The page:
Repeating Fast Radio Burst From Deep Space Wakes Up Right on Time
Our old friend FRB 121102 is back, and right on time. Earlier this year, astronomers identified a distinct 157-day cycle in the activity of FRB 121102, one of many so-called “fast radio bursts” emanating from deep space. The mysterious signal has switched back on, potentially confirming the previous findings from the University of Manchester. If the cycle holds, there’s hope we might finally know what FRBs are in the not-too-distant future.
Fast radio bursts are invisible to the human eye, and each pulse only lasts a few milliseconds. However, they release enough energy during that fraction of a second to outshine entire galaxies. Scientists detected the first FRB in 2001, but no one got around to analyzing the data until 2007. Since then, we’ve spotted dozens of these signals, although they seemed random at first. Recently, scientists have identified some FRBs that repeat, but FRB 121102 is the first known to repeat on a regular cycle.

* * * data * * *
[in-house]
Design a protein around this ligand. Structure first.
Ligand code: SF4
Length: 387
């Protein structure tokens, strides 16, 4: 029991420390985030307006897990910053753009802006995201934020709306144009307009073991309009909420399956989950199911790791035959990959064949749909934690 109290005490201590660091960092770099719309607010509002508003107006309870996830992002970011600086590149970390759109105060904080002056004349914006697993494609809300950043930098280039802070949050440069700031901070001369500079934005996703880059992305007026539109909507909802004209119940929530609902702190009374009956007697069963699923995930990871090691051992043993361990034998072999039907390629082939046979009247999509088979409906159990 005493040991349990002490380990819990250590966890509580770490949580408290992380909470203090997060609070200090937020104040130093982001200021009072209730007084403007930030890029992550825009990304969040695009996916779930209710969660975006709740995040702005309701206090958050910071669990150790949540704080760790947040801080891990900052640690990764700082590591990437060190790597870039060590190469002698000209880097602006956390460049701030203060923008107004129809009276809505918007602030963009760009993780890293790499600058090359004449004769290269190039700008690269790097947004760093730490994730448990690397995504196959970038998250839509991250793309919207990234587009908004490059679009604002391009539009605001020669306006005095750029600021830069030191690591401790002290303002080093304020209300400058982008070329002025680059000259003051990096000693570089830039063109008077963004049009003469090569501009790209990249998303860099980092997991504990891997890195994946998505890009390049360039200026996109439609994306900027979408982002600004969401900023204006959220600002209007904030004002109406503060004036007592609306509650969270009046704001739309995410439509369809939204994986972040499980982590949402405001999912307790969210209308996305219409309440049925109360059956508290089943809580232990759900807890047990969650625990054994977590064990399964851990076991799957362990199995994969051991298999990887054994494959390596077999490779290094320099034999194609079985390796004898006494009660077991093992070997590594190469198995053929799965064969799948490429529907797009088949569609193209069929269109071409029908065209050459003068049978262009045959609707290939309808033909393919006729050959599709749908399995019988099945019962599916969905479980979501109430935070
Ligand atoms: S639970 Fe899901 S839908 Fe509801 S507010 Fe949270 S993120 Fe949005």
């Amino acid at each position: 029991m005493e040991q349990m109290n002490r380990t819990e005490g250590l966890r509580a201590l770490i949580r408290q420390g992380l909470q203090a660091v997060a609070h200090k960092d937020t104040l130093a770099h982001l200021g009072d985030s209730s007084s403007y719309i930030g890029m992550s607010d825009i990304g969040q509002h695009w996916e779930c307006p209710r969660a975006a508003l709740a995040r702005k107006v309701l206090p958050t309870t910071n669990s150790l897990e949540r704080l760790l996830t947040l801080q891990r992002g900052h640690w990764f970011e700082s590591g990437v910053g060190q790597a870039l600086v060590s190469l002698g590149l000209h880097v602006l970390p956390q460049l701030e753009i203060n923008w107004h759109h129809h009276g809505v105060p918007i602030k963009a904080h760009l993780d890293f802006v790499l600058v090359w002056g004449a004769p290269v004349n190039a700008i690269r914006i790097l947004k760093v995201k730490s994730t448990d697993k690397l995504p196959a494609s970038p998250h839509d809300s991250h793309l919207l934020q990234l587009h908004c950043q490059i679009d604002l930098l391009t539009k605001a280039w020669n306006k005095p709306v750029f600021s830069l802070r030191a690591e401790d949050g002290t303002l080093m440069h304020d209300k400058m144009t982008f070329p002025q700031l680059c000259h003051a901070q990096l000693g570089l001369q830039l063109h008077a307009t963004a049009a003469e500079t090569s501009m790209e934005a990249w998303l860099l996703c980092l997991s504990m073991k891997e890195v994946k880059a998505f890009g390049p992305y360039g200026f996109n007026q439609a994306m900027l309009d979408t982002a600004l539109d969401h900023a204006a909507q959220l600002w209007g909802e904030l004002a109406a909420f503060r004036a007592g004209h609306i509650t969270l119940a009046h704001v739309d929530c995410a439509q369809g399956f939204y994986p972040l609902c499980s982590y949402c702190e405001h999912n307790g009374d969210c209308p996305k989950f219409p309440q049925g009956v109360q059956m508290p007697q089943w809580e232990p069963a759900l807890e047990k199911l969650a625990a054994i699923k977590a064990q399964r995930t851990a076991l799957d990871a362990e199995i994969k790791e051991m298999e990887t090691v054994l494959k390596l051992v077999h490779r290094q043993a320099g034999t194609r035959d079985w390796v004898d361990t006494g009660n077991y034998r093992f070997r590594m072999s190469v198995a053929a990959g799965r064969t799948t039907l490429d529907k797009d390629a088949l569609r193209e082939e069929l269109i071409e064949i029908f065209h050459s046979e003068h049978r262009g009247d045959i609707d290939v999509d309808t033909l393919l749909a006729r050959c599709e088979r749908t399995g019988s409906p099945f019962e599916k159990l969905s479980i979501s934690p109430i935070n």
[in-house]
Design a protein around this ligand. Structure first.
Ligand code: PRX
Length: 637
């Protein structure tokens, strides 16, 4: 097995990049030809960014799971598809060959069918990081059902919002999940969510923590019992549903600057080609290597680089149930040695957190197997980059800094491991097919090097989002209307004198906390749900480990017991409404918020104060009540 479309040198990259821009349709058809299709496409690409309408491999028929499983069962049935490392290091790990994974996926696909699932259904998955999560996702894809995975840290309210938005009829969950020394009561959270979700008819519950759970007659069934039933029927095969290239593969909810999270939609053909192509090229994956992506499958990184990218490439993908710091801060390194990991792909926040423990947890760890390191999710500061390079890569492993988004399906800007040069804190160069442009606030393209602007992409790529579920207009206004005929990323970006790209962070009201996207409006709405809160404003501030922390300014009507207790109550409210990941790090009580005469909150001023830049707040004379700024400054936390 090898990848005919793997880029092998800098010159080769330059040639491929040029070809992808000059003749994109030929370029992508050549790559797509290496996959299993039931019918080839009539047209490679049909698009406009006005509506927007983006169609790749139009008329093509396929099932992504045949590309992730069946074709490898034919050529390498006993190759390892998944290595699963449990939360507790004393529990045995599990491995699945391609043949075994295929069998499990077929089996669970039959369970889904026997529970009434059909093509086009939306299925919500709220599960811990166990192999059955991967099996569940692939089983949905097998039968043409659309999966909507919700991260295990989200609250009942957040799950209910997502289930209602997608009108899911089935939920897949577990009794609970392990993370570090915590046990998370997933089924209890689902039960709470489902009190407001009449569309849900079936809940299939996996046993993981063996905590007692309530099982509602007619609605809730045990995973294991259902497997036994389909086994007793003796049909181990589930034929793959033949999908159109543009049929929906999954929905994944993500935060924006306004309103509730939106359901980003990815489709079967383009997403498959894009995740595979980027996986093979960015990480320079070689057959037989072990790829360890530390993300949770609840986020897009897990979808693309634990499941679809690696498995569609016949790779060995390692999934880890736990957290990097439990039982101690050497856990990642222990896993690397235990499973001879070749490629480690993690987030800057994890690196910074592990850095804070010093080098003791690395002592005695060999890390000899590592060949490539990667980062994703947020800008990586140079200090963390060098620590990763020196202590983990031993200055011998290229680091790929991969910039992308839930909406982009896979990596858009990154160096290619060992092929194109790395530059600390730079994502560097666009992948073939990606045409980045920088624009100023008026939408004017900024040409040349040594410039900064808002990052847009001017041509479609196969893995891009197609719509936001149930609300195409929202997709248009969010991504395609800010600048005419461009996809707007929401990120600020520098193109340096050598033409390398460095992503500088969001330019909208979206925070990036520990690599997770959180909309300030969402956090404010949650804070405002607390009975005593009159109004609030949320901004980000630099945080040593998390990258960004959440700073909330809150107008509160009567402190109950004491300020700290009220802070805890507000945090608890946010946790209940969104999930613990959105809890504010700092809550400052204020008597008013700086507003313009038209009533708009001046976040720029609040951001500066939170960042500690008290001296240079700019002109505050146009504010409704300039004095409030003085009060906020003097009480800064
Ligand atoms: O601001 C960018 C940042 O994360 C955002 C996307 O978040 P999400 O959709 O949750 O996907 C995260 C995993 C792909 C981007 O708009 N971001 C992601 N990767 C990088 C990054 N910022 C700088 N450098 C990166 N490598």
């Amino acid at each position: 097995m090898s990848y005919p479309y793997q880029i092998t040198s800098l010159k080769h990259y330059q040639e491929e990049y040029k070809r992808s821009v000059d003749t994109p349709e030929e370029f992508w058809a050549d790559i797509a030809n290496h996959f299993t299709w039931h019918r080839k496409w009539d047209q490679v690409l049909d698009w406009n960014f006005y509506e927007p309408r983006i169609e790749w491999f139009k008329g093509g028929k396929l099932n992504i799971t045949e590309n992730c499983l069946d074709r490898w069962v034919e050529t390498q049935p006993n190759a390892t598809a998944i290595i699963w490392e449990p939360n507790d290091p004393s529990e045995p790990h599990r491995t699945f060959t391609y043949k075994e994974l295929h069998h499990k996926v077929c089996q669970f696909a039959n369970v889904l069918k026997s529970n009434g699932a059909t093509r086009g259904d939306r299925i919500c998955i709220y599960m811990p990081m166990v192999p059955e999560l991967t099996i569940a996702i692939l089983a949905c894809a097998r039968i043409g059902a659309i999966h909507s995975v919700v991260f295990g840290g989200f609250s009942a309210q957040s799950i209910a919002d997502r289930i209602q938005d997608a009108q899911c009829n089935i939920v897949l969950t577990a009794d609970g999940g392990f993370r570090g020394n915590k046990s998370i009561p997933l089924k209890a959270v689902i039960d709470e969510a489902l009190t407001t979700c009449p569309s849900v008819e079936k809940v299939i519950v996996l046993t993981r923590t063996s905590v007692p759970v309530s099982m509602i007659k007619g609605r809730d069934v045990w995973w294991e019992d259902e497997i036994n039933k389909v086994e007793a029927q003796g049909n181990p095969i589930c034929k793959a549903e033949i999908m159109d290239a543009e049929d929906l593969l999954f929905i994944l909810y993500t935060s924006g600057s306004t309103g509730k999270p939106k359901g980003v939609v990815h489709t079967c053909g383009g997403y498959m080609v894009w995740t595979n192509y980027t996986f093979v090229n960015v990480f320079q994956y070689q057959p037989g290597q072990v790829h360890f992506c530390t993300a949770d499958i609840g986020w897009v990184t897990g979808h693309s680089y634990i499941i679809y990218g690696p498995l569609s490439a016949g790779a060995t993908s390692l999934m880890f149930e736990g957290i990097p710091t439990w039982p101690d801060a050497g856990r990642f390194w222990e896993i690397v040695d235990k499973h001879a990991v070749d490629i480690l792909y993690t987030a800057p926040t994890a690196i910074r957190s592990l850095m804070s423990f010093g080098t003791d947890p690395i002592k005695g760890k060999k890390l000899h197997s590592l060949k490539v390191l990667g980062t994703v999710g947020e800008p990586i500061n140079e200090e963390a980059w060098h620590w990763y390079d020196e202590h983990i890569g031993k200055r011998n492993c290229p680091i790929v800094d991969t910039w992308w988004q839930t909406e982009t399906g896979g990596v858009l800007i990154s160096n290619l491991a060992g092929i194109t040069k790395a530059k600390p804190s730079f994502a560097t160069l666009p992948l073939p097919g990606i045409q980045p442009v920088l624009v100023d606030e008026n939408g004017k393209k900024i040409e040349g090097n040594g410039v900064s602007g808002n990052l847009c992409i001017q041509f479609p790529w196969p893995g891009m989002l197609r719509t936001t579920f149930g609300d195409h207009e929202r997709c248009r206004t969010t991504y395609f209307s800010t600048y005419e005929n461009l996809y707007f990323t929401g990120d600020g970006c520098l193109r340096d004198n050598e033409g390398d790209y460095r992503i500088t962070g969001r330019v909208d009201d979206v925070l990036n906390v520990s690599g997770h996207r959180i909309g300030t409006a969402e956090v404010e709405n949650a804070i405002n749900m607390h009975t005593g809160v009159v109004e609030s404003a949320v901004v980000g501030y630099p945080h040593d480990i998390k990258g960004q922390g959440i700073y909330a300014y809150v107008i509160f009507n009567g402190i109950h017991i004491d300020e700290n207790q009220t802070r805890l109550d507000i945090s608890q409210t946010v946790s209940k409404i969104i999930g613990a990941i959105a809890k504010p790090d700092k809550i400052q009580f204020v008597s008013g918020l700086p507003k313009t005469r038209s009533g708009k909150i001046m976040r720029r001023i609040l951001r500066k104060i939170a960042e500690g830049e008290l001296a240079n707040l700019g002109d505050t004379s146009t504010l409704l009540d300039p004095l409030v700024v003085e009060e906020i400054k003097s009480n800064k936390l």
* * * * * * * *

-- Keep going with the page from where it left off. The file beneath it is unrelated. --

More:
The cycle identified earlier this year predicts a period of activity for 67 days followed by 90 days of silence. Then, FRB 121102 awakens again and starts the whole cycle over again. The repeating nature of FRB 121102 allowed astronomers to track its source to a dwarf galaxy 3 billion light-years away, so teams around the world have been watching that part of the sky as the reactivation date approached. It was predicted that would happen between July 9th and October 14th.
The latest research comes from a team led by Pei Wang at the National Astronomy Observatory of China. There, scientists used the Five-hundred-meter Aperture Spherical radio Telescope (FAST) to spot the first new flares from FRB 121102 on August 14th. The team detected 12 bursts in just the first day, showing undeniably that FRB 121102 is in an active phase once again.
The new active phase of FRB 121102 strongly supports the established periodicity, but it’s not a sure thing yet. Wang reports that he expects FRB 121102 to go silent again between August 31st and September 9th. Should the FRB remain active after that, it could mean the cycle isn’t as reliable as we believed or that the source of the FRB has changed in some way.
We still don’t know what causes FRBs, but every new observation of FRB 121102 (and other repeating bursts) gets us closer to the answer. Currently, a type of neutron star known as a magnetar is the leading candidate. These objects have magnetic fields a trillion times more intense than Earth’s, and some can direct pulsar-like beams of energy.